During my senior year I won an essay contest conducted throughout northeast Missouri by Mr. Lester Dent, author of "Doc Savage" magazines (pen name--Kenneth Robeson) on the subject "What I would do if I were president of the United States" and won a two weeks tour of Miami and a cruise aboard his sailing yacht "The Albatross" on a treasure hunting expedition.
After graduation, I worked in Chicago, Illinois before joining the Army Air Corps at Chanute Field, Rantoul, Illinois in June 1940. There I received basic training and graduated from their Airplane Mechanics School the same year. I was first transferred to Kelly Field, Texas then to Luke Field, Arizona where I became a Staff Sergeant and Airplane Mechanic, Second Class. In December 1941, I was accepted for pilot training. While on leave awaiting entry into training, I returned to Chicago, Illinois and married Rose Kathryn Cook (who I had dated before) in Jackson, Michigan.
Assigned to class 42-J, I received basic training at Lackland AFB, San Antonio, Texas, Primary flight training at Coleman, Texas (PT-19's), Basic flight training at Goodfellow, Texas (BT-13's) and Advanced flight training at Lubbock, Texas (Twin-engine AT-9's and AT-17's). Graduating from Lubbock on 10 November, 1942 as a 2nd Lieutenant, I was assigned to the Air Transport Command at Rosecrans Field, St. Joseph, Missouri followed immediately by a transfer to the 7th. Ferrying Group, 25th. Ferrying Squadron, Great Falls, Montana in December 1942.
At Great Falls (Gore Field) I was first checked out as first pilot in the wonderful B-17 by General (then Captain) Wisman (before I learned to drive a car or had a drivers license) followed by first pilot check-outs in the B-25, B-24, C-47, A-26 (TDY to Tinker, Oklahoma) and the B-29 (TDY to Wichita, Kansas). In addition to making airplane deliveries statewide, Alaska, and to India, I was Transitional instructor and check-out pilot in all of these aircraft. Eventually, I became qualified to fly 16 different types of aircraft.
In March 1945, 1 was transferred to Kansas City, Missouri then to Rosecrans Field, St. Joseph, Missouri, then to Homestead, Florida for 4-engine Airline Pilot Training in the C-54. After graduation, I was issued a Commercial Pilots License (Multi-Engine-Land) and sent to Nashville Pilots Pool and then to Memphis in August, 1945 to pick up a C-54 for delivery to Karachi, India--my next assignment. I flew the "Hump" a few times before the war ended and was assigned to Morrison Field, Florida in November 1945 then to Scott Field, Illinois for separation in January 1946. I was promoted to Captain the month before (December 1945) and remained in the Air Force Reserves during civilian life.
In March 1951, I was recalled to active duty at Keesler Air Force Base, Mississippi where I was employed as a CAA (now FAA) licensed Civil Service Instructor of Control Tower Operators teaching meteorology, navigation, radio aids and equipment, civil air regulations, and control tower procedures.
I was transferred to the Air Defense Command, Elmendorf AFB, Alaska in May of 1951 and assigned to the 625th. Aircraft Control and Warning Squadron first as an Air Traffic Service Officer then as Aircraft Controller then as the Combat Operations Center Duty Officer where I was responsible for the entire air defense of Alaska during my tour. Twice I initiated a "RED" alert for the first time in Alaskan history mobilizing the entire air defense network. While stationed in Alaska, I flew numerous flights in the C-47 and the L-20 to Naknek, Bethel, Nome, Fairbanks, Point Barrow (where Wiley Post and Will Rogers were killed) as well as search and training missions.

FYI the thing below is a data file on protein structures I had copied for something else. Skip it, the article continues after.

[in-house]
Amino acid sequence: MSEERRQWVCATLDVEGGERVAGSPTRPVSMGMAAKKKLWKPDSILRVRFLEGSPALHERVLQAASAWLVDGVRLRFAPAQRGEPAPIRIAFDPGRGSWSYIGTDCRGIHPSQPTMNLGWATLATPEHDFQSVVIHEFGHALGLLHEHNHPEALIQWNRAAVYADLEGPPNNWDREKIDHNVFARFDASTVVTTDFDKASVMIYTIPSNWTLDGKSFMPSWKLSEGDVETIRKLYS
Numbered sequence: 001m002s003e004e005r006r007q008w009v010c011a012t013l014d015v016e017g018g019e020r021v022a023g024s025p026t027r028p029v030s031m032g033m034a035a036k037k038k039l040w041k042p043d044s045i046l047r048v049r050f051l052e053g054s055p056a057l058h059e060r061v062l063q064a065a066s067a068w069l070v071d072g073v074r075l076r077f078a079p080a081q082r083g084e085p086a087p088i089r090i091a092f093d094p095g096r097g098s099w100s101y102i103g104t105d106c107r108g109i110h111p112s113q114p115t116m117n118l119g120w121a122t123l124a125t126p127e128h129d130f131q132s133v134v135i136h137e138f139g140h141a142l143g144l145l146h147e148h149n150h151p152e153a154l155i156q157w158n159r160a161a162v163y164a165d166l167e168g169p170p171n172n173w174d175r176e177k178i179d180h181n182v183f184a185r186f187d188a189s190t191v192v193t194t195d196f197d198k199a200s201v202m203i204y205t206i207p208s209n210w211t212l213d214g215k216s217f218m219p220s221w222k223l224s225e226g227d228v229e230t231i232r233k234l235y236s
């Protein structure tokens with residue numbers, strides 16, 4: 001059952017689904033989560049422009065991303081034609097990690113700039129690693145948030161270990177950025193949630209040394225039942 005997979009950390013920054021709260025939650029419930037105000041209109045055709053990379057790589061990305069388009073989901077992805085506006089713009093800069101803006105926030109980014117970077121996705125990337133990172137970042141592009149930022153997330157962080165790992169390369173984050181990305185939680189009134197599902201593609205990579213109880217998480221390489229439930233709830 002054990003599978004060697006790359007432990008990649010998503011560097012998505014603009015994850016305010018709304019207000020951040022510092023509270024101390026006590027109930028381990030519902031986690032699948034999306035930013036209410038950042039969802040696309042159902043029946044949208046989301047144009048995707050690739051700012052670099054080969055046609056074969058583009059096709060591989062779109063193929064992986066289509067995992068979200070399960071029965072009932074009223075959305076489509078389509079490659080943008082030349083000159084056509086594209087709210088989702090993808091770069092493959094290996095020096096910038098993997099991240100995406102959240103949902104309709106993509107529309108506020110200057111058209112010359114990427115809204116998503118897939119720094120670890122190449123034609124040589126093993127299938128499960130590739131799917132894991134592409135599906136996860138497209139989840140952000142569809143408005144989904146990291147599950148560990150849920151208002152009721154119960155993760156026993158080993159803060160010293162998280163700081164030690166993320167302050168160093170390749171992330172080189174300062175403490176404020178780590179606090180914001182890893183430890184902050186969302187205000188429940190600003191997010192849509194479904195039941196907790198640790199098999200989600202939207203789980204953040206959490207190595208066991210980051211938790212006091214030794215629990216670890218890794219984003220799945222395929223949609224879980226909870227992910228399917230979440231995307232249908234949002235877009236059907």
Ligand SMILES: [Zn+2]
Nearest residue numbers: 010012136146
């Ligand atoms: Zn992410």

In July 1953, I was transferred to Eglin AFB, Florida and assigned to Headquarters, Air Proving Ground Command (Johnson Hall) in charge of Air Traffic Control under the Deputy Chief of Staff for Communications-Electronics. Shortly after arrival, I wrote the CONELRAD (control of electromagnetic radiation) plan for the entire command. A few years later I set up and wrote the plan for the operation of their Air Defense Control Center. While stationed there, I flew the C-47 quite often as well as the C-45 and the T-29 in which I instructed and gave qualification check-outs.
In October 1958, I went to Keesler AFB, Mississippi and completed training as a Ground Electronics Maintenance Officer and, after graduation, was transferred to two different remote radar sites in Morocco. I became a Command Pilot March 1959.
Transferred in October 1960 to Bremerhaven, Germany I was assigned Commander of Operating Location #1 (Matador Guided Missile Site). When this site closed, I opened up another site at Squadron Headquarters, Kassel, Germany then went to Squadron Headquarters as the Communications-Electronics Staff Officer. I was promoted to Major in 1962.
In November 1963, I was transferred to the Tactical Air Command at Shaw AFB, South Carolina where I wound up being Squadron Commander of a Direct Air Support Center (DASC) in charge of about 550 troops located at Shaw AFB and attached to Army Units at Ft. Lewis, Ft. Benning, Ft. Carson, Ft. Hood, Ft. Bragg, Ft. Campbell and Eglin AFB, Fla. We operated sophisticated communications equipment for worldwide deployment and provided Forward Air Control Support wherever the Army desired.
At one time, I took our unit into Santo Domingo during a fracas there and established my office in the Presidential Palace with my equipment on the palace grounds. This was the first time a DASC unit was ever deployed to an actual combat environment and, based on my recommendation and write-up, every man in my unit received a Commendation Medal.
Promoted to Lt. Col. in 1963, 1 retired at Shaw AFB October 1965 and settled down in Manitou Springs, Colorado with the gal I married in 1942.
Lt. Col. John Yauk, USAF Ret.